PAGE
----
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Bird watching in Kakamega Forest
Located near the Ugandan boarder, this rainforest is arguably the prime bird watching site in Kenya. It has dozens of different forest species found nowhere else in the country. It offers shady forest paths and plentiful monkeys.

Amboseli National Park
At the base of the snow capped Mount Kilimanjaro is the Amboseli National Park. It is home lions, hippos, wildebeests, gazelles and cheetahs. The most common animal is the elephant. This national park is also known for its wide variety of bird species that can be watched from the nearby communities.

Mount Kenya
This extinct volcano is the second highest mountain in Africa, standing at approximately 4,986 m (16,358ft). It is a tourist site for mountain hikers and for those who wish to spend time on the forested lower slopes below the ice-capped peak.  wide panorama of mount Kenya at dawn

It is also the home of Ngai, the Kikuyu tribe’s Supreme Being. The 600 sq. km (232 sq. mile) park supports a mix of mountain forest, bamboo forest and glacial peaks. A wide variety of wildlife includes Sykes monkey, buffalo, elephant, bongo antelopes and giant forest hog.



Nairobi National Park
Nairobi National Park located 8km (5 miles) from the city Centre is Kenya’s oldest national park. Today it still looks much as it did in the early photographs – wild, undulating pasture – and supports most of East Africa’s best known wildlife including lions, rhinos, giraffes, buffalo and zebra (but no elephants). It is easily the best bang for the buck for one who does not have either the time or the money to take the trip to the other parks in the country. The Bomas of Kenya are just a kilometre from the Park’s main entrance.

Ostrich in Nairobi National Park   Kenya Kob in Nairobi National Park   Wilderbeasts Nairobi National Park

Kenya’s coral coast
Juggle between swimming, surfing, sailing, scuba diving, water skiing, and snorkeling. It is home to many exotic resorts like Kikambala, Kilifi, Nyali, Bamburi, Watamu and Malindi. Do not miss the dazzling white sands of Sarova and Diani beach.

Lamu Old Town
This is the oldest Swahili settlement in East Africa. Has many historic mosques and beautiful old Arab architecture with impressive carved wooden doors, glassware and artifacts. It is located on an offshore island close to the Somali boarder housing a Swahili fortress.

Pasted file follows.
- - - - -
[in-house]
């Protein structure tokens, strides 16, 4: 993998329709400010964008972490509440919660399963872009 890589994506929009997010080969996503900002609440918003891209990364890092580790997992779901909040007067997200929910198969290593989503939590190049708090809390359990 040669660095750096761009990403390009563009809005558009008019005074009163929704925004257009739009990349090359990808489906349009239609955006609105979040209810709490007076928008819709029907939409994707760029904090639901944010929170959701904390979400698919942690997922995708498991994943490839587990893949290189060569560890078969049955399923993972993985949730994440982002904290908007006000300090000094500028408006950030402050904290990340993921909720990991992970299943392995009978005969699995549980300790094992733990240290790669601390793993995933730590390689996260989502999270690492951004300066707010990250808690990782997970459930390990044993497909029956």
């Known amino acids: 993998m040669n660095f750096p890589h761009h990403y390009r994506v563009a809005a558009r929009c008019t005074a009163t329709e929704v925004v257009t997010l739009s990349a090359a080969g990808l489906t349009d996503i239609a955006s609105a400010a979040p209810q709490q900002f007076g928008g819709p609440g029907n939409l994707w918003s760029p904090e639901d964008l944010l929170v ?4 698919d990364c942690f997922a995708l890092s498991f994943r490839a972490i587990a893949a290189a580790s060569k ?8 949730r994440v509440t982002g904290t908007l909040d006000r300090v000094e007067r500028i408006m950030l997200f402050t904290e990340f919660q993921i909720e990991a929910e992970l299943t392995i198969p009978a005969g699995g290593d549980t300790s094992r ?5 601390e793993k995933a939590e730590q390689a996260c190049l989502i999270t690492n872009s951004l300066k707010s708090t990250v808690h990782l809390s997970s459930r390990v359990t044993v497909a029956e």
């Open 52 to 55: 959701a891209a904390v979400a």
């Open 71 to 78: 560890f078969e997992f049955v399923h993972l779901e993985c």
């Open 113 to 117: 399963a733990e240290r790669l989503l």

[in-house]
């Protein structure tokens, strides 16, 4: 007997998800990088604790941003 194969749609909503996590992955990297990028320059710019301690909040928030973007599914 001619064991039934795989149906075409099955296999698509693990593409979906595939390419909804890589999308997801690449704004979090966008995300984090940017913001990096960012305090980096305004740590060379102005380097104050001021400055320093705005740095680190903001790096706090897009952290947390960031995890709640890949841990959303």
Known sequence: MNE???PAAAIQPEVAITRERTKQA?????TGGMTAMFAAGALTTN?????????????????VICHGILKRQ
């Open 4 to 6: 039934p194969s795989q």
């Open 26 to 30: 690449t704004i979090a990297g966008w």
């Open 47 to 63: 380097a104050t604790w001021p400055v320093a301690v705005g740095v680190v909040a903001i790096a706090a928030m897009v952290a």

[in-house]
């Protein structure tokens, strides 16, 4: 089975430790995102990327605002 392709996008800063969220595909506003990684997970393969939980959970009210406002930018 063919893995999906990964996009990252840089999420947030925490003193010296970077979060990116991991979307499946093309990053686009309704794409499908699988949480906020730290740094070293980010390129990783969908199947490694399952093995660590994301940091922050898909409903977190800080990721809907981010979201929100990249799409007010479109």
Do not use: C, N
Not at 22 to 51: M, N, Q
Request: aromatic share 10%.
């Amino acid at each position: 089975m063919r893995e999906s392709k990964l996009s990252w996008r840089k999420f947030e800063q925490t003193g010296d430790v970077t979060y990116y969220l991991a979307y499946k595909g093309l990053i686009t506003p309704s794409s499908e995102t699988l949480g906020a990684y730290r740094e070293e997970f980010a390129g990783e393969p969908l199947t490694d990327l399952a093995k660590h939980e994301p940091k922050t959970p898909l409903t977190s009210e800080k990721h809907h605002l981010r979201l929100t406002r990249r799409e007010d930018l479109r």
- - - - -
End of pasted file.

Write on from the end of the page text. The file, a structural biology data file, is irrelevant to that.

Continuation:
Langata Giraffe Centre

Located on the outskirts of Nairobi, the Langata Giraffe Centre provides you with an amazing experience of feeding the giraffes off your palms from a giraffe-height tower. You can also visit a bird sanctuary or follow a nature trail. The Rothschild’s giraffe can only be seen in few specialized confinements in Uganda and Kenya after having been listed as endangered by the IUCN.

Rift Valley (below)
You can enjoy a breath taking view of the Rift Valley side of the road between Nairobi and Naivasha. The 2,000meter (6,560ft) high escarpment walls plunge to the flat-bottomed valley below, which is dotted by a small string of volcanoes and soda lakes.

Rift Valley

Mount Longonot (above, in the distance)

This is a volcanic mountain with a crater lake located in the Rift Valley. Different tree species and birds can be seen along the way.

Lake Nakuru National Park

Set in the Rift Valley, this park is dominated by a lake whose edges are frequently home to hundreds of thousands of shimmering pink flamingos. It is also one of Kenya’s best rhino sanctuaries, supporting high concentrations of both black and white rhino. You may spot a leopard in the giant yellow wood acacia trees.

Souvenir shopping in Mombasa
Biashara Street is a great place to buy kikoi and khanga cloths. You can also visit Makupa Market off Mwembe Tayari which is the main city market. Serious souvenir shoppers should head for the Bombolulu Workshops and Cultural Village, where disabled men and women produce high-quality leatherwork, jewelry and other crafts.

Sheldrick Elephant Orphanage
Located near the border of Nairobi National Park, this is a sanctuary where orphaned elephants and rhinos are hand reared before being released back into the wild.

Jump aboard a dhow
The dhow, a traditional Arab sailing boat, offers a memorable experience as you feast on a delicious seafood dinner, watching the moon rise over Mombasa’s old harbor.

Stay a night at Taita Hills Wildlife Sanctuary
Situated a short distance from the Nairobi Mombasa Highway, this small private sanctuary bordering the vast Tsavo National Park doubles as a luxury hotel and well-positioned hideout overlooking a waterhole that frequently attracts aggregations of a hundred or more elephants.

Deep-sea fishing